After Pearl Harbor, she was permitted to return to England. She worked in Air Ministry camouflage, then joined the WRNS, ending up as a radio mechanic with the Fleet Air Arm at Yeovilton. In 1943 she married Bill Wills, a friend from childhood who was serving in the RAF.
While in camouflage she returned to the Central School, the back of which she found damaged after bombing, with her Antelope looking out into open space. By now she was friendly with Julian Huxley, Secretary of the Zoological Society, who arranged for the Antelope to lodge at Whipsnade Zoo, where it was fixed on a plinth beside the restaurant. It was only when Fellows of the Zoological Society decided that it was not suitable that it was retrieved by its maker, eventually finding its way into a private collection, the family keeping one of three resin-bronze copies.
After the war, Ferelyth and Bill Wills settled at Petersfield, in Hampshire. Bill returned to his old school Bedales, where he trained to become a woodwork and metal teacher, in his spare time developing skills as a photographer. Between them, they were able to tackle a wide variety of projects. In their book Sculpture in Wood Ferelyth insisted that, in choosing the piece of timber:
The shape must suit the material and vice versa. It is this balance between the two, with the constant
criticism of the shape as a whole, that forms your piece of sculpture. There will be a battle between these first thoughts and the reality of your piece of wood; a battle that the wood must win if your work is not just a skilful carving, but a shape that has grown from within, like the tree from which it came.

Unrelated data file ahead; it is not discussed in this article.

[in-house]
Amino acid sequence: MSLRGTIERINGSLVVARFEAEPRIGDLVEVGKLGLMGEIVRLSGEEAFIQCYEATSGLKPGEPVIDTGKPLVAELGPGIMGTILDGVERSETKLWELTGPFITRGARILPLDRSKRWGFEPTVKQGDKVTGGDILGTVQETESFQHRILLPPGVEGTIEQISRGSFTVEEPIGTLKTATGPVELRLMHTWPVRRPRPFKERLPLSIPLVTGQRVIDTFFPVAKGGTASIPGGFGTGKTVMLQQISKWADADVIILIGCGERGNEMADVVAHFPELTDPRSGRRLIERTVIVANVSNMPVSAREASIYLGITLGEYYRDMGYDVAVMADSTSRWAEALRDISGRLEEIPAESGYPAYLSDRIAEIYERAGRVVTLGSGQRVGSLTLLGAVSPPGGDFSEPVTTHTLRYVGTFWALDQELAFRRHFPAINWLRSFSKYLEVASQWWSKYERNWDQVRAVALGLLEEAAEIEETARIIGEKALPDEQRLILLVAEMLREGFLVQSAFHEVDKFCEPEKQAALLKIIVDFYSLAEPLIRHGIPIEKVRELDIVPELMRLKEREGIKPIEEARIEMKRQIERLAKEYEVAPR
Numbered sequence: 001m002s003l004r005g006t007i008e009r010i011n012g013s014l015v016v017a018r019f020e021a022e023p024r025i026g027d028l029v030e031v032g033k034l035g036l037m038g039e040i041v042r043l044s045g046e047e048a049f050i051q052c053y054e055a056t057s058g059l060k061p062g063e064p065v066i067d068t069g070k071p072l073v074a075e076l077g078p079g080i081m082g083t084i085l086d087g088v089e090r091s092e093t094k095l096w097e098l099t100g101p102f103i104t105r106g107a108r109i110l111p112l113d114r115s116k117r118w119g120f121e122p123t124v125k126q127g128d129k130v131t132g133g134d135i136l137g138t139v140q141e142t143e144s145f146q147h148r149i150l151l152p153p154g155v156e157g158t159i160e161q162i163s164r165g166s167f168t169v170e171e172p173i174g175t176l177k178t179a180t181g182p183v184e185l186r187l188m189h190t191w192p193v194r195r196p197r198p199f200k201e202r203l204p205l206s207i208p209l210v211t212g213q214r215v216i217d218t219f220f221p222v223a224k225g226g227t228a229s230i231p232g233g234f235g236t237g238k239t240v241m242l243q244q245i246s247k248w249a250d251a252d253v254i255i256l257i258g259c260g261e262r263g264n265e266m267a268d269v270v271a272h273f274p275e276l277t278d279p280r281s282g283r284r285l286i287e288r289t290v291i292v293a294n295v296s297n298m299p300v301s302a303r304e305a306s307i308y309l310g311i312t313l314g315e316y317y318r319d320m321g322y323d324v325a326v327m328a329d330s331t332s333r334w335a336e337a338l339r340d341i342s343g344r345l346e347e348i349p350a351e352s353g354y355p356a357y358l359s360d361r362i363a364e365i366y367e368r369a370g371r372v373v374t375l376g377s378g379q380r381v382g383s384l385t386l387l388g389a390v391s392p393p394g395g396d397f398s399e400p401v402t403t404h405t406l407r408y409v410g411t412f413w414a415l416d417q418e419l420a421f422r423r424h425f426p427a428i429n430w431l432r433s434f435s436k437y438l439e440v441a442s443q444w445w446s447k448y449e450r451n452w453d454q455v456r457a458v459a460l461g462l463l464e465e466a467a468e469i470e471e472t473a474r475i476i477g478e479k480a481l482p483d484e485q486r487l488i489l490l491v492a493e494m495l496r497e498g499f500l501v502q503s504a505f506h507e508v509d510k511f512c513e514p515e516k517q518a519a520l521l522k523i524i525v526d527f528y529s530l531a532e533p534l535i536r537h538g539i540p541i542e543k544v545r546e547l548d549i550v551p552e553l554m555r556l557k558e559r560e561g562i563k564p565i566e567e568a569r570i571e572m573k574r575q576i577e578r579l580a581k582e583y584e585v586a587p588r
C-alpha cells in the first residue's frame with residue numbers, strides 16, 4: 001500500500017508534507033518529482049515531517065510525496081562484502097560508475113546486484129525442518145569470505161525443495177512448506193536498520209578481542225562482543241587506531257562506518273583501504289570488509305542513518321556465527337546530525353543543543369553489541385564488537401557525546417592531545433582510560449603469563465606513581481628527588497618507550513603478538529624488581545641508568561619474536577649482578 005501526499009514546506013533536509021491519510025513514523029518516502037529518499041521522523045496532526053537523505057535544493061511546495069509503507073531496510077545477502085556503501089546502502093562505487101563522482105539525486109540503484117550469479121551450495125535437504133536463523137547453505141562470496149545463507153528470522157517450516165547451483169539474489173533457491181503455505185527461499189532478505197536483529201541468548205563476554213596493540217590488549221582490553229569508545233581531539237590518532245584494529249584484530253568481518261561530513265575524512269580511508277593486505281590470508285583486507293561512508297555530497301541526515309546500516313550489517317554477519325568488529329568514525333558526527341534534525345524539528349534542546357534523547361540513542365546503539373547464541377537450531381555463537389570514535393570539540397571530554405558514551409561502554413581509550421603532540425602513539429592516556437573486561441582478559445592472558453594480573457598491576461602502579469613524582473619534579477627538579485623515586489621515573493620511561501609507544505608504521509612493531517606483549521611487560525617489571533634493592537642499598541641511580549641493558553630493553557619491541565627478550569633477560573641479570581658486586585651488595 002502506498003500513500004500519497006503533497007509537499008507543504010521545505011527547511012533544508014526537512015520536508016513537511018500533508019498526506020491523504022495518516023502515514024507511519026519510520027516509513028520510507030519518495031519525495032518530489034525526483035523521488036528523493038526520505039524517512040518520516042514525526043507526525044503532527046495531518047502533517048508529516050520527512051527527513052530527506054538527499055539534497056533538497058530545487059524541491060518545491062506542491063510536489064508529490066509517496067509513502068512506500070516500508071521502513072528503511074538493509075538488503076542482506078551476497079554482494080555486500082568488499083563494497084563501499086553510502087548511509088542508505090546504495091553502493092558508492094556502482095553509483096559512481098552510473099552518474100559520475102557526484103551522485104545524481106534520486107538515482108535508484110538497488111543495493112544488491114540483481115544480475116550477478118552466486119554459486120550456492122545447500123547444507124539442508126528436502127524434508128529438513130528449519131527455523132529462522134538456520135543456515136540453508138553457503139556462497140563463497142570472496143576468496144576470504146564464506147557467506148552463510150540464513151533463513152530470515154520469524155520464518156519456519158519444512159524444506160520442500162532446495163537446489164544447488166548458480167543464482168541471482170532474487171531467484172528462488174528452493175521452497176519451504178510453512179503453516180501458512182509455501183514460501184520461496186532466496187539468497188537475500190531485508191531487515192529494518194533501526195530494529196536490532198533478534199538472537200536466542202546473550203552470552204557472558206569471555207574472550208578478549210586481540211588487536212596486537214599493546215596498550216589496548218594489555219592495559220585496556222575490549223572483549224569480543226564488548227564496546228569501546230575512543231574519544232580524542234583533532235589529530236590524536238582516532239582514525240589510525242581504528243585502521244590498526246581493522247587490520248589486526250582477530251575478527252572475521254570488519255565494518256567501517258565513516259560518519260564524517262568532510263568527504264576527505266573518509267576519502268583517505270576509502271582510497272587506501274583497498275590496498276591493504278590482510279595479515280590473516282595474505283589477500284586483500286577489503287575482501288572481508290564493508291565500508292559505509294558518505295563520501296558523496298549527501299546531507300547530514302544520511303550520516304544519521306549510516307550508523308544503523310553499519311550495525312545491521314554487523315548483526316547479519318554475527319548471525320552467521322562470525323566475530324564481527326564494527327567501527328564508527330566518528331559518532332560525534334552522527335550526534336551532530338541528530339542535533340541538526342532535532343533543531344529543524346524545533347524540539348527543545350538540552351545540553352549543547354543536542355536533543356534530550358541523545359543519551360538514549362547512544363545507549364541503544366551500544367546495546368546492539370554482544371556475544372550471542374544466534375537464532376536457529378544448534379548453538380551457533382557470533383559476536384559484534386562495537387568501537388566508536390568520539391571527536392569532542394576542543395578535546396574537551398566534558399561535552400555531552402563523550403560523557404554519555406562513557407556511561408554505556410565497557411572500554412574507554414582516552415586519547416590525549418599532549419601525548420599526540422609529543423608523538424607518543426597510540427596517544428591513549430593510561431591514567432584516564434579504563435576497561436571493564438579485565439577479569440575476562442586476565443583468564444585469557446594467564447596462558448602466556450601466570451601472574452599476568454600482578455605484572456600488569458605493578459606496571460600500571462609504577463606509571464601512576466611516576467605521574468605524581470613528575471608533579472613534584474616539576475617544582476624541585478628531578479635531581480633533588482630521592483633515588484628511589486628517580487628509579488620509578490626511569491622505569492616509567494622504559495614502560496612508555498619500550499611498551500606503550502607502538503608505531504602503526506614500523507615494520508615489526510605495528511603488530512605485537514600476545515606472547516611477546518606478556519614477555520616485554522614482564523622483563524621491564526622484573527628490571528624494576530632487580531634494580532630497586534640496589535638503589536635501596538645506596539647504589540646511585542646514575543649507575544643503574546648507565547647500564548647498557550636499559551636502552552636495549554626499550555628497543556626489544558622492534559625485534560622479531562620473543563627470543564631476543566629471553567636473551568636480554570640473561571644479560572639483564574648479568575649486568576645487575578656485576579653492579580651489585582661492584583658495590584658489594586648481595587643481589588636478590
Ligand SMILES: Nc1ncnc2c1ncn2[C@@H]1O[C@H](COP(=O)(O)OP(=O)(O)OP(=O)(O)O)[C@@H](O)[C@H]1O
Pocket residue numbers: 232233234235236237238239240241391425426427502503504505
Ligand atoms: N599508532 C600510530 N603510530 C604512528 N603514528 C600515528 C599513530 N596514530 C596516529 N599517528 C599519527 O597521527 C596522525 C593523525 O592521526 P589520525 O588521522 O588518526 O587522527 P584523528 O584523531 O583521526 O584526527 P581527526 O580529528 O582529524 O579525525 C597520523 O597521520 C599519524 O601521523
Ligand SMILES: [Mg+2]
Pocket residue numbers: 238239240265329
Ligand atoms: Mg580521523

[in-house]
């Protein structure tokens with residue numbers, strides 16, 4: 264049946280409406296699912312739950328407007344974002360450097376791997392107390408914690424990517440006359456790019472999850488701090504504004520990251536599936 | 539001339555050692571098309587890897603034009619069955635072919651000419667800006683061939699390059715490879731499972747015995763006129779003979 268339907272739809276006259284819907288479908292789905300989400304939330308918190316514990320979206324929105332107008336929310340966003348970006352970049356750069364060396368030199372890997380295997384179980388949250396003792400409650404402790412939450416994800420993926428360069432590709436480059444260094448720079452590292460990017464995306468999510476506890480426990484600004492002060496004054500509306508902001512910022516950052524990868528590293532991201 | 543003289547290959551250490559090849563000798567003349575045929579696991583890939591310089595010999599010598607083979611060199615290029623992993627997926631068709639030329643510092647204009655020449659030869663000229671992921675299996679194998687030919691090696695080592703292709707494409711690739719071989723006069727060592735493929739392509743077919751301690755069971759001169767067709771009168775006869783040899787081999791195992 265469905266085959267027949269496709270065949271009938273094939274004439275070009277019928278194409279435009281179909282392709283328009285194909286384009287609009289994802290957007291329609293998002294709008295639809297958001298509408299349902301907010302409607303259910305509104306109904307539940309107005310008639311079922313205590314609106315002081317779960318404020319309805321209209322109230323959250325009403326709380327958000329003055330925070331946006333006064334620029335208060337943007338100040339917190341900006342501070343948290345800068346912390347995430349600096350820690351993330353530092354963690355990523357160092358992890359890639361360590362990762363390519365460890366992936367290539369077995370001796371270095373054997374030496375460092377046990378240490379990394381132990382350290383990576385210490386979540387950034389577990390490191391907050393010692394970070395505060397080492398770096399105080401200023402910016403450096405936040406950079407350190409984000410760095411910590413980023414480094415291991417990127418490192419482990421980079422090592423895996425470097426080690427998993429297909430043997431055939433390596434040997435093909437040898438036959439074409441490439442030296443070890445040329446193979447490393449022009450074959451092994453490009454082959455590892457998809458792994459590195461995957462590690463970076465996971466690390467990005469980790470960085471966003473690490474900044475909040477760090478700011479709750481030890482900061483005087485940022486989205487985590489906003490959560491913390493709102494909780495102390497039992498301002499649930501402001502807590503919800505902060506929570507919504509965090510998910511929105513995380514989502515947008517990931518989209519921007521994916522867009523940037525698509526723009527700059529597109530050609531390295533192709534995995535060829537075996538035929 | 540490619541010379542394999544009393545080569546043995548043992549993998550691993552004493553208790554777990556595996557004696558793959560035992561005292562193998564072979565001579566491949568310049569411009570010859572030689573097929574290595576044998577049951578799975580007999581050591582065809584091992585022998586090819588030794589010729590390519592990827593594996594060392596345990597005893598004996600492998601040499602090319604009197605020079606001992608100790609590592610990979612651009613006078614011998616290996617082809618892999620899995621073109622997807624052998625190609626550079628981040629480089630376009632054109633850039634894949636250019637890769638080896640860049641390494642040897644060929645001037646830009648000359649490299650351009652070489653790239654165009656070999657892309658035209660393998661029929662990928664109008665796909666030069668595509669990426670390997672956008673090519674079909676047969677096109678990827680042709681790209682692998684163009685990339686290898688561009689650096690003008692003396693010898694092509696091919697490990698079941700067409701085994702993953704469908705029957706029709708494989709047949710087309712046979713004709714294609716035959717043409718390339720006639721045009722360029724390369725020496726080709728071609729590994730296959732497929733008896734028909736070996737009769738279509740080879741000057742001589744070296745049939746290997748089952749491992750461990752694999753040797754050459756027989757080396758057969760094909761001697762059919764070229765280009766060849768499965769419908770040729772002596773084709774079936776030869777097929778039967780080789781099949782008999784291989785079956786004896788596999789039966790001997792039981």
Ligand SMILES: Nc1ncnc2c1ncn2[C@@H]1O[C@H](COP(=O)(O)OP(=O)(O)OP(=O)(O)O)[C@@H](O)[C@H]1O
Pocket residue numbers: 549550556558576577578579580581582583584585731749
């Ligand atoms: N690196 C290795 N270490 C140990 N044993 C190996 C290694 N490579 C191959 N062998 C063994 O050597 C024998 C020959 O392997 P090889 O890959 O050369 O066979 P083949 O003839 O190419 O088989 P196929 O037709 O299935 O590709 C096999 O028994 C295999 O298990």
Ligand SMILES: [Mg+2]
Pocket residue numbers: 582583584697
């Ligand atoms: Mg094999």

Ferelyth showed her work at the Royal Academy and the Crafts Centre of Great Britain. She was made a fellow of the Society of Designer-Craftsmen and gave illustrated talks and demonstrations on sculpture, animal movement in art and choice of materials. Her understanding of bird flight was enhanced when in the late 1950s she became a glider pilot, while her versatility was challenged by a commission for a large, richly coloured plastic Peacock (1975) commissioned by the Koch-Light Company to display their products at exhibitions.
Two years previously, she, Bill and their daughter Jackie tackled the unusual job of organising and mounting several thousand model soldiers owned by the Earl of Pembroke, for display on the opening of Wilton House, near Salisbury.
As a sculptor, Ferelyth Wills produced figures based on the characters in Richard Adams's rabbit saga Watership Down. Her resin bronze of the rabbits' guardian gull, Kehar (1982), was commissioned for the top of the rabbit enclosure for Bristol Zoo. Her realistic Heron (1986) was placed in their ornamental pond by the actor Sir Alec Guinness and his wife.
After leaving her Petersfield studio in 1990, Wills concentrated on writing. Despite failing eyesight, she was just able to see the keyboard of her newly acquired computer. The result was the privately published The Antelope Book (1997), again with photographs by her husband, a fascinating survey of her career.